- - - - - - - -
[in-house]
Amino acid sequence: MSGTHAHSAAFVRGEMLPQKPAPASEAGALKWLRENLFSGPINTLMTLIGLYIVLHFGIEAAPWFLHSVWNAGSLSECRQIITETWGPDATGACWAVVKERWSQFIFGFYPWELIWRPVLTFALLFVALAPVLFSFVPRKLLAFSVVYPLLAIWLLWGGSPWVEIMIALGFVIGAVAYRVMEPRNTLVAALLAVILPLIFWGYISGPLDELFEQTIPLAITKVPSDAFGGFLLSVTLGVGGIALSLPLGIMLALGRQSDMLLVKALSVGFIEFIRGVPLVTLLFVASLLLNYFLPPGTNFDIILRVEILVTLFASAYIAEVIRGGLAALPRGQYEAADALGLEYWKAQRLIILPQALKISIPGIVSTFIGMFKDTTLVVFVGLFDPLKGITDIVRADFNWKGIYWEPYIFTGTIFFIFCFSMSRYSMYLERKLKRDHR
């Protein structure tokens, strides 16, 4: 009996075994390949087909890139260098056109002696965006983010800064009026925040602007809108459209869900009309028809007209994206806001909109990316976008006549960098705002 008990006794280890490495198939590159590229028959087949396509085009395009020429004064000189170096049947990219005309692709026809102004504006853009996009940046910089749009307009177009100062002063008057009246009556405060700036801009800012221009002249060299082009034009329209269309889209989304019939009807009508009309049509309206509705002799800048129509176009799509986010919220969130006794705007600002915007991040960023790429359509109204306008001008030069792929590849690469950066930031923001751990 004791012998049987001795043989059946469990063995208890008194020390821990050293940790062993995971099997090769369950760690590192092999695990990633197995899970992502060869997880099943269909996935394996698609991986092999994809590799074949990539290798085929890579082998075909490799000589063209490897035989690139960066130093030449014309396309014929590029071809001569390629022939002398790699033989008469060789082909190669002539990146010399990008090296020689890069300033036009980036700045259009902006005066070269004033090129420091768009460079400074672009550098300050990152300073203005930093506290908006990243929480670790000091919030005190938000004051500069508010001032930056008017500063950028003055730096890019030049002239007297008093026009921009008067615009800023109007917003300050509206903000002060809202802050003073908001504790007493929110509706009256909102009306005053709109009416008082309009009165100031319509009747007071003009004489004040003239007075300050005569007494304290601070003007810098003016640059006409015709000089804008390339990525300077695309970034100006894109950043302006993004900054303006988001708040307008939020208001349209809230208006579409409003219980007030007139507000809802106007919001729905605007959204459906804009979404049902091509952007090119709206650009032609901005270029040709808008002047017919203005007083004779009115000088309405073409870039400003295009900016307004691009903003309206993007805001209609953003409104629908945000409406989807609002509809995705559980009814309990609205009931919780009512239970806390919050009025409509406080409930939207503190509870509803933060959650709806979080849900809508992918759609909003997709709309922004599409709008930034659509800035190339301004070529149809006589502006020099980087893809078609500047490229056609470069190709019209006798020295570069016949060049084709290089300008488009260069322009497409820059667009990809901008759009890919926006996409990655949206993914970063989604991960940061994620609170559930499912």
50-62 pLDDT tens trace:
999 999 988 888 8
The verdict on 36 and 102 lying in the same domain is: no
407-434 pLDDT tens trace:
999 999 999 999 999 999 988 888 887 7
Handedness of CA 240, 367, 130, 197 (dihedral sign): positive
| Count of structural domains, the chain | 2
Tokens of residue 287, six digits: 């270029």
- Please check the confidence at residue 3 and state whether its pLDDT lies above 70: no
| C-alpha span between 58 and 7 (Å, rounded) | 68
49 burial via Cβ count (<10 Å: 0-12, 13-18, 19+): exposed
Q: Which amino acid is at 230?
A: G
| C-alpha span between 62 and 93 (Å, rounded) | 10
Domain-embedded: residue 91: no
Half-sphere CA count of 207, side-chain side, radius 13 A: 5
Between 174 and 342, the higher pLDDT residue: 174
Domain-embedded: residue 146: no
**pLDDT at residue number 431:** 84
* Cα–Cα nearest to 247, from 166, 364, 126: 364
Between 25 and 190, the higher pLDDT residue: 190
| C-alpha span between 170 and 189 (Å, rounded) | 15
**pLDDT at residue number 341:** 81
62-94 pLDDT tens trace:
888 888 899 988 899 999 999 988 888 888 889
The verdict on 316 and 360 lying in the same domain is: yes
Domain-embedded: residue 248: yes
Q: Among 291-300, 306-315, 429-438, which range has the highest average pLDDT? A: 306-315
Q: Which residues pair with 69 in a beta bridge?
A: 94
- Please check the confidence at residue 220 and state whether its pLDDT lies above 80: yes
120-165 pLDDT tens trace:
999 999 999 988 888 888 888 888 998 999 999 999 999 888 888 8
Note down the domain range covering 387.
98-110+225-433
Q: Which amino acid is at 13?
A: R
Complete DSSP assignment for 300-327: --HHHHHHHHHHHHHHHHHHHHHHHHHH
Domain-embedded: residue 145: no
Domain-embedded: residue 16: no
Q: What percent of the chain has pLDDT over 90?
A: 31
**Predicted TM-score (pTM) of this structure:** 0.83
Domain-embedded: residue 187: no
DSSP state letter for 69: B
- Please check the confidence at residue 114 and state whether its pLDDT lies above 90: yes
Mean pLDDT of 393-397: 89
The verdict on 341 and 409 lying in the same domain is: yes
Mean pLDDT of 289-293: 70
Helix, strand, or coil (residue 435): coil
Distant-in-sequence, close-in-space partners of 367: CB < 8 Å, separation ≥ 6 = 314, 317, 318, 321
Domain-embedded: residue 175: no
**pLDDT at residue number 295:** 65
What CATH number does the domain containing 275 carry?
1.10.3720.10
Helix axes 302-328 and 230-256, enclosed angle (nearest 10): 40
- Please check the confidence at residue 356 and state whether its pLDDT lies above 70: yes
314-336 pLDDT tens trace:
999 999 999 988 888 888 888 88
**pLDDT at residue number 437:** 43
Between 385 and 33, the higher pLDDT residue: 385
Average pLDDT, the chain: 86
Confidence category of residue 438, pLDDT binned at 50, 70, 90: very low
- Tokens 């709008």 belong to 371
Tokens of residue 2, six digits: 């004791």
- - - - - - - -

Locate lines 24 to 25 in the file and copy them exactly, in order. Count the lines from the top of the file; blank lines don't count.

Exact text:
Between 25 and 190, the higher pLDDT residue: 190
| C-alpha span between 170 and 189 (Å, rounded) | 15